Scientists discover method for predicting death through smell

A group of experts at the University of Chicago says they have found an accurate method for diagnosing whether a person is at risk of dying within the next five years. According to a study by them, the loss of olfactory abilities may be a more definite clue to predicting death than to discover that you have cancer, heart failure or a lung problem, for example.

According to scientists, smell is a sense that serves as a reference for the general state of our body and allows the body to know when it is exposed to toxins present in the environment. Therefore, they conducted research that allowed us to study the relationship between the loss of olfactory abilities and the life expectancy of human beings.

Under the command of researcher Jayant Pinto, the group evaluated 3, 000 volunteers between 57 and 84 years old, meeting for the first time between 2005 and 2006. At the time, they performed a simple experiment to determine the level of smell loss. from each participant, asking them to identify the scents of leather, roses, fish, orange and mint.

Smell of premonition

Five years later, when scholars went to repeat the test with volunteers, they found that 430 of the participants had died during the period. They found that 39% of those diagnosed with anosmia (total loss of smell) and 19% of those suffering from hyposmia (partial loss of smell) had died - among the dead, only 10% had normal smell.

For the avoidance of doubt, the researchers added in their calculations a number of variables that may increase or decrease the risk of death, such as age, chronic diseases, gender, cholesterol and other factors. Still, the results remained almost unchanged.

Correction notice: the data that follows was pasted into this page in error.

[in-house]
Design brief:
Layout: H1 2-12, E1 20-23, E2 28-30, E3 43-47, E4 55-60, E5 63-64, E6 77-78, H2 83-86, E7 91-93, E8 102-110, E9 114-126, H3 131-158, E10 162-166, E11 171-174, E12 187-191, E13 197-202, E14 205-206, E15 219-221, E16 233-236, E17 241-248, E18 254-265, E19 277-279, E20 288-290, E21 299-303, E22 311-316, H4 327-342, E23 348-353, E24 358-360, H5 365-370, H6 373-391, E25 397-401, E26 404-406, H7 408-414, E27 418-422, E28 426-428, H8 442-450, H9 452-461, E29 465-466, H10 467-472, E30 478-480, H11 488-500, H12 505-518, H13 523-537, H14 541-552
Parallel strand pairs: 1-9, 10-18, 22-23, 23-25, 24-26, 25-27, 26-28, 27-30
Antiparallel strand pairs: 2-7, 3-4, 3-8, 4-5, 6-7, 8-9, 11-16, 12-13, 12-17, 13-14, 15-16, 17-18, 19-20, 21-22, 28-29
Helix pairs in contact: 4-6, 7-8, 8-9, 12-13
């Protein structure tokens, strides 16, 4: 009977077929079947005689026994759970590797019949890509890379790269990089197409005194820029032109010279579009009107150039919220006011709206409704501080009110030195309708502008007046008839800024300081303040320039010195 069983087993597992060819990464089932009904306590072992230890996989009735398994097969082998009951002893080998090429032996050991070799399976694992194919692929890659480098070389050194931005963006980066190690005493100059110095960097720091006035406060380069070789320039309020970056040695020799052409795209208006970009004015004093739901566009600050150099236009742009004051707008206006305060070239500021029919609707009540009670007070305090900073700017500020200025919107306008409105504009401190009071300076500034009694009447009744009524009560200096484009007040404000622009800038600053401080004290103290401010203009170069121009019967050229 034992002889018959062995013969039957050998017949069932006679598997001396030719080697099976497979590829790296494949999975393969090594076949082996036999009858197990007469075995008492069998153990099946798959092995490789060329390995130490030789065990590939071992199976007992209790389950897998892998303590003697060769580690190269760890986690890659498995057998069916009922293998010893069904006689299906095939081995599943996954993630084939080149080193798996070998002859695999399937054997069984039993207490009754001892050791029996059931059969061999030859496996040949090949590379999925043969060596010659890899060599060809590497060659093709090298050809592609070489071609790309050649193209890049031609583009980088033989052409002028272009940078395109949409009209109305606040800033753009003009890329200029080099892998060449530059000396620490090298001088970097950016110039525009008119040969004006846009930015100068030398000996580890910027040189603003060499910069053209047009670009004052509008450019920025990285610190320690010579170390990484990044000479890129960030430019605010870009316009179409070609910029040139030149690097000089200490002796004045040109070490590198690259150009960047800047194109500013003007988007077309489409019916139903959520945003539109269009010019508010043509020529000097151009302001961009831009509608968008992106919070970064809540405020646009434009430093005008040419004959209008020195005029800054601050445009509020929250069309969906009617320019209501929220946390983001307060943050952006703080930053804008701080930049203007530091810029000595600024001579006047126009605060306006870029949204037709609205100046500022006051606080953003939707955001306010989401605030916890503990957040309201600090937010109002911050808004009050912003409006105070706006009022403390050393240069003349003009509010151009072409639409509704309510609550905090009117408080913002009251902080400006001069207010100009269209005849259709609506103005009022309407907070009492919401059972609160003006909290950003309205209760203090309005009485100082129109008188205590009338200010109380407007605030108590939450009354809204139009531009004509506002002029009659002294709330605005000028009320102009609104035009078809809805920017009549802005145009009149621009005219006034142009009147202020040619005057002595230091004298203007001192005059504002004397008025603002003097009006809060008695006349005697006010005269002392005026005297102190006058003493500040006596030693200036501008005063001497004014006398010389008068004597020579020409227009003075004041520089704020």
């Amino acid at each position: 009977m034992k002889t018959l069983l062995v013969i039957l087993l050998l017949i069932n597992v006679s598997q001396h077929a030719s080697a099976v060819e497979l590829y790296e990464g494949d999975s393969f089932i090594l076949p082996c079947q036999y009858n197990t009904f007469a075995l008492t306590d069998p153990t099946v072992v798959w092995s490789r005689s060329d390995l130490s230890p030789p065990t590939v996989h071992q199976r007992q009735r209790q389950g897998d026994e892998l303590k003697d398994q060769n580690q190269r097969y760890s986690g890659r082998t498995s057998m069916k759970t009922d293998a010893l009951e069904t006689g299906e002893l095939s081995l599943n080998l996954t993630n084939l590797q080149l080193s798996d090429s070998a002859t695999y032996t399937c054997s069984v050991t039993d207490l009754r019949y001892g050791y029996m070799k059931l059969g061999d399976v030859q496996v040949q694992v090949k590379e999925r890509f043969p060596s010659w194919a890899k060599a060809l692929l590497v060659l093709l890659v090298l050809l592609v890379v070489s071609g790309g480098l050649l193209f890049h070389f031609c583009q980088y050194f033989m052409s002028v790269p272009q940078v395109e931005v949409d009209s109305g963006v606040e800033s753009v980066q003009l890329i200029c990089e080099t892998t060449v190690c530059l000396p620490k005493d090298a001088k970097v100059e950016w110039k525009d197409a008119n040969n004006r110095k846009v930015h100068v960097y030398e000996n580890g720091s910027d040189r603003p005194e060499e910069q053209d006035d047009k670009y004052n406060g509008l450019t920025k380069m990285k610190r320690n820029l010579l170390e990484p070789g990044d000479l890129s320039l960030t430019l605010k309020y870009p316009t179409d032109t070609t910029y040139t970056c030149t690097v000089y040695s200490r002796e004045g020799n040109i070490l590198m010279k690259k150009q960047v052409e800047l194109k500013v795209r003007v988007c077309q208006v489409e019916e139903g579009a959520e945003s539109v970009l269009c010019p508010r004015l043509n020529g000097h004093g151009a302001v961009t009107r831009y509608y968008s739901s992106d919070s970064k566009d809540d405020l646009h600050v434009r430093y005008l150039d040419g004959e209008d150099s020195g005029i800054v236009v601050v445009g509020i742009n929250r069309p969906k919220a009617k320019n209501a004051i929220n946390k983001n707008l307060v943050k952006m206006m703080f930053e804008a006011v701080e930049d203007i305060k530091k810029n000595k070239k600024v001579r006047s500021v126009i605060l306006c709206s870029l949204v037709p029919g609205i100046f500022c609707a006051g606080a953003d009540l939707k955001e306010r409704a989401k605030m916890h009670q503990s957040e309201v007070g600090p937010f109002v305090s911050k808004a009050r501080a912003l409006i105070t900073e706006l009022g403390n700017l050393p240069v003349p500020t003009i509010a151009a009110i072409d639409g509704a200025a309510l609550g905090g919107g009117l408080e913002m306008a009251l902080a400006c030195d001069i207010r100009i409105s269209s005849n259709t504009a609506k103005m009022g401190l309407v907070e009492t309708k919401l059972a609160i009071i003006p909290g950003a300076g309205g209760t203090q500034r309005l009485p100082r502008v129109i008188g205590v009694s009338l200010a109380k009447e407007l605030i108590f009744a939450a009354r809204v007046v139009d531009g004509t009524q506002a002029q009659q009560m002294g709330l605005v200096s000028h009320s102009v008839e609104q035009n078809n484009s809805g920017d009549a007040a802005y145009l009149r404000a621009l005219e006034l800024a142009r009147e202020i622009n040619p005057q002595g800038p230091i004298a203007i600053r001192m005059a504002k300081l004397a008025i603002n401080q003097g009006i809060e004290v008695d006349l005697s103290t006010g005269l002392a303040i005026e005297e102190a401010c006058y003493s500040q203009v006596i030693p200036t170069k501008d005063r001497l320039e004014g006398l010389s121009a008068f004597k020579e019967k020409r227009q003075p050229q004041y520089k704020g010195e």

The results indicate that suffering from a loss of smell can indicate a four times greater probability of dying in 5 years than someone who has the perfect sense of smell. In addition, anosmia or hyposmia also turned out to be more accurate evidence of a risk of death than the diagnosis of emphysema, cancer, heart attack, stroke, or diabetes - a weaker indicator than severe liver damage.

How does it work?

According to the study, malfunctions of the nose serve to predict death effectively thanks to the tip of the olfactory nerve, which is the only part of the human nervous system that is continually regenerated by stem cells throughout life. However, the supply of this type of cell is reduced with advancing age, causing a gradual decrease in the ability to perceive and differentiate odors.

Thus, the diagnosis of an olfactory dysfunction may imply that the body is no longer able to regenerate on its own, which may mean that it is in a state of advanced deterioration or near death. Still, it is always worth noting that even with the loss of regenerative capacity, a healthy and careful life can extend people's life expectancy.